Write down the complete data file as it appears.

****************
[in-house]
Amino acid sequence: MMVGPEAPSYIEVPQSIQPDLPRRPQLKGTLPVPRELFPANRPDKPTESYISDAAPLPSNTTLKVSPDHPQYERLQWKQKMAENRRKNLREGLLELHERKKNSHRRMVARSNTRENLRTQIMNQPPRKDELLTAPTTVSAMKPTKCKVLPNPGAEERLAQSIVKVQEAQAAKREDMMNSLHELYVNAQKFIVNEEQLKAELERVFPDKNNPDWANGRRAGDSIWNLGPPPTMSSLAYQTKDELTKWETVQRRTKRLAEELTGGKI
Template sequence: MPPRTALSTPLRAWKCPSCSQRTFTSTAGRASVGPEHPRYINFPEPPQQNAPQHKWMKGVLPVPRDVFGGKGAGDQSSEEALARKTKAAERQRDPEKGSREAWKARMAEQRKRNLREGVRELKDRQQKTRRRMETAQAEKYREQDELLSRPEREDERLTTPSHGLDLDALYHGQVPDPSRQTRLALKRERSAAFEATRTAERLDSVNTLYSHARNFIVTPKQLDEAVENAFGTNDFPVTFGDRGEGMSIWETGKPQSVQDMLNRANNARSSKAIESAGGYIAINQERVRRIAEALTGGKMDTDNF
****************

[in-house]
Amino acid sequence: MMVGPEAPSYIEVPQSIQPDLPRRPQLKGTLPVPRELFPANRPDKPTESYISDAAPLPSNTTLKVSPDHPQYERLQWKQKMAENRRKNLREGLLELHERKKNSHRRMVARSNTRENLRTQIMNQPPRKDELLTAPTTVSAMKPTKCKVLPNPGAEERLAQSIVKVQEAQAAKREDMMNSLHELYVNAQKFIVNEEQLKAELERVFPDKNNPDWANGRRAGDSIWNLGPPPTMSSLAYQTKDELTKWETVQRRTKRLAEELTGGKI
Template sequence: MPPRTALSTPLRAWKCPSCSQRTFTSTAGRASVGPEHPRYINFPEPPQQNAPQHKWMKGVLPVPRDVFGGKGAGDQSSEEALARKTKAAERQRDPEKGSREAWKARMAEQRKRNLREGVRELKDRQQKTRRRMETAQAEKYREQDELLSRPEREDERLTTPSHGLDLDALYHGQVPDPSRQTRLALKRERSAAFEATRTAERLDSVNTLYSHARNFIVTPKQLDEAVENAFGTNDFPVTFGDRGEGMSIWETGKPQSVQDMLNRANNARSSKAIESAGGYIAINQERVRRIAEALTGGKMDTDNF